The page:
Spread the love

Faith Nyasuguta

In the Democratic Republic of Congo (DRC), more than 50 individuals, including three U.S. citizens and a Belgian, have gone on trial over what the army has labeled an attempted coup. 

The military court in Kinshasa, the DRC’s capital, commenced proceedings with severe accusations. Judge Freddy Ehume emphasized that the actions of the three Americans are “punishable by death.”

The Americans ” Marcel Malanga, Taylor Christian Thomson, both 21, and 36-year-old Benjamin Reuben Zalman-Polunè ” were the first to face the judge. Judge Ehume reiterated that their alleged acts are “punishable by death.” 

Following them, around 50 other defendants, one by one, stood under a large tent in the Ndolo military prison grounds to hear their charges. Dressed in blue-and-yellow prison uniforms, the defendants’ trial began around 11:40 am local time, closely observed by western diplomats, journalists, and lawyers.

US national Taylor Thomson (2nd L) sits among others accused of a failed coup attempt at the Ndolo Prison in Kinshasa on June 7, 2024 /AFP/

The alleged coup attempt took place on May 19, when armed men attacked the residence of the economy minister, Vital Kamerhe, before targeting the nearby Palais de la Nation, the office of President Felix Tshisekedi. The attackers were reportedly filmed brandishing the flag of Zaire”the DRC’s name during Mobutu Sese Seko’s dictatorship”and chanting that Tshisekedi’s government was over.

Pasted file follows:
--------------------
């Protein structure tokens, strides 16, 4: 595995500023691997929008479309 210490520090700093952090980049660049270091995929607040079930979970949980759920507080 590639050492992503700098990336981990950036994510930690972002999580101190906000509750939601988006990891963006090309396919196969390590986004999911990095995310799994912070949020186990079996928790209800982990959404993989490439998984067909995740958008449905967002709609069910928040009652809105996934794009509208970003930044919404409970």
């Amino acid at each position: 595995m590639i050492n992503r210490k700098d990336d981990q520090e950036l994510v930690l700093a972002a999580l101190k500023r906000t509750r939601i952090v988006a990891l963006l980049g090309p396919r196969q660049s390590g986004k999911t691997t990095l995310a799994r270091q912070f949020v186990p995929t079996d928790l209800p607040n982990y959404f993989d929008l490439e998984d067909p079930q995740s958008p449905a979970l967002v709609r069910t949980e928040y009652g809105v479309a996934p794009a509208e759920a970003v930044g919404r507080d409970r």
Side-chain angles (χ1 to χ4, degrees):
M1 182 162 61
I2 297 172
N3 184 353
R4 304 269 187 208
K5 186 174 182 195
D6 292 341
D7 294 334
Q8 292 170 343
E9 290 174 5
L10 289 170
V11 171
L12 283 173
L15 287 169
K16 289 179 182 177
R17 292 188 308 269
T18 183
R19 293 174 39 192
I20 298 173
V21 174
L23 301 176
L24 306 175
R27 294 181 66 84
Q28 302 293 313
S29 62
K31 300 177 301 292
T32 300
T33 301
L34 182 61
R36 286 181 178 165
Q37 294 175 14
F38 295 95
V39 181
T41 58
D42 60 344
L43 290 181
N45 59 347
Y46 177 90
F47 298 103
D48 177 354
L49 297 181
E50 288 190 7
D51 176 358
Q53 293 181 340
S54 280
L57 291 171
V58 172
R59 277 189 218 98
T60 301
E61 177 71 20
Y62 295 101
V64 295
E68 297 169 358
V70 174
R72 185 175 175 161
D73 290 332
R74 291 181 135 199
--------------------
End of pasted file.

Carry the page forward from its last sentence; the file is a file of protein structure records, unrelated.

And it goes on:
Following the events, the army announced on national television that security forces had thwarted “an attempted coup dètat.” The alleged plot was reportedly orchestrated by Christian Malanga, a Congolese man who had become a naturalized American citizen and was killed by security forces during the incident, according to army spokesperson Gen Sylvain Ekenge. Malanga’s son, one of the three Americans on trial, is among the accused.

Gen Ekenge stated that approximately 40 of the assailants, of various nationalities, had been arrested, and another four, including Christian Malanga, had been killed. The government condemned the incident as an attempt to destabilize the country’s institutions, though the motive behind the alleged coup remains unclear.

Among the accused are four women and at least one Belgian national, Jean-Jacques Wondo. Wondo, a military expert of Congolese origin, was arrested on May 21, two days after the alleged coup. 

He is accused of being an accomplice to Christian Malanga by providing transport for the purported plotters. Wondo’s lawyer, Masingo Shela, stated that Wondo denied the charges and would defend himself.

A court document lists a total of 53 defendants, including Christian Malanga, despite his death. The charges encompass a range of serious offenses, including “attack, terrorism, illegal possession of weapons and munitions of war, attempted assassination, criminal association, murder, and financing of terrorism.”

DR Congo army says it stopped attempted coup /Courtesy/

The trial is a significant moment in the DRC, drawing considerable international attention as the country seeks to address the implications of the alleged coup attempt and uphold its legal processes.


About Author

Faith Nyasuguta

Leave a Reply

Your email address will not be published. Required fields are marked *